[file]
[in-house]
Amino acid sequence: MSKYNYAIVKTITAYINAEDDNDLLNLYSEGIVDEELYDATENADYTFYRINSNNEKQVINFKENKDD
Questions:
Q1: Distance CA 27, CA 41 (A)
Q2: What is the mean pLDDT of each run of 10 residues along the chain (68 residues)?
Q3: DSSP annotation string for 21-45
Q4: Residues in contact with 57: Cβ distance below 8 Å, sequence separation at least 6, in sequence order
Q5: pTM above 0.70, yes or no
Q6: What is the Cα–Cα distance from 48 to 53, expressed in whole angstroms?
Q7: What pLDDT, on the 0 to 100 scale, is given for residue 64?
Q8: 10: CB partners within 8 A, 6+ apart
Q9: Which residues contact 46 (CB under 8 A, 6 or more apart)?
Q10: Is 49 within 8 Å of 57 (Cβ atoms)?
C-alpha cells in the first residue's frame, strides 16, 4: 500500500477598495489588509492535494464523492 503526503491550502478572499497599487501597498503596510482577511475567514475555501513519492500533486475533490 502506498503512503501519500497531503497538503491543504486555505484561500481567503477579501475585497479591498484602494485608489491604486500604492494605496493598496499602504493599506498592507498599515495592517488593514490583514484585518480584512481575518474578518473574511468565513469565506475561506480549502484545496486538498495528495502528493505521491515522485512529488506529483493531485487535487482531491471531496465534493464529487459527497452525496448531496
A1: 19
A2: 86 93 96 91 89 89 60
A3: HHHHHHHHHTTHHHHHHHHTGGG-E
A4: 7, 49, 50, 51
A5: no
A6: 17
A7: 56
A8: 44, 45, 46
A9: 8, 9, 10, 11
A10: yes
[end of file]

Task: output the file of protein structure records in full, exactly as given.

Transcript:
[in-house]
Amino acid sequence: MSKYNYAIVKTITAYINAEDDNDLLNLYSEGIVDEELYDATENADYTFYRINSNNEKQVINFKENKDD
Questions:
Q1: Distance CA 27, CA 41 (A)
Q2: What is the mean pLDDT of each run of 10 residues along the chain (68 residues)?
Q3: DSSP annotation string for 21-45
Q4: Residues in contact with 57: Cβ distance below 8 Å, sequence separation at least 6, in sequence order
Q5: pTM above 0.70, yes or no
Q6: What is the Cα–Cα distance from 48 to 53, expressed in whole angstroms?
Q7: What pLDDT, on the 0 to 100 scale, is given for residue 64?
Q8: 10: CB partners within 8 A, 6+ apart
Q9: Which residues contact 46 (CB under 8 A, 6 or more apart)?
Q10: Is 49 within 8 Å of 57 (Cβ atoms)?
C-alpha cells in the first residue's frame, strides 16, 4: 500500500477598495489588509492535494464523492 503526503491550502478572499497599487501597498503596510482577511475567514475555501513519492500533486475533490 502506498503512503501519500497531503497538503491543504486555505484561500481567503477579501475585497479591498484602494485608489491604486500604492494605496493598496499602504493599506498592507498599515495592517488593514490583514484585518480584512481575518474578518473574511468565513469565506475561506480549502484545496486538498495528495502528493505521491515522485512529488506529483493531485487535487482531491471531496465534493464529487459527497452525496448531496
A1: 19
A2: 86 93 96 91 89 89 60
A3: HHHHHHHHHTTHHHHHHHHTGGG-E
A4: 7, 49, 50, 51
A5: no
A6: 17
A7: 56
A8: 44, 45, 46
A9: 8, 9, 10, 11
A10: yes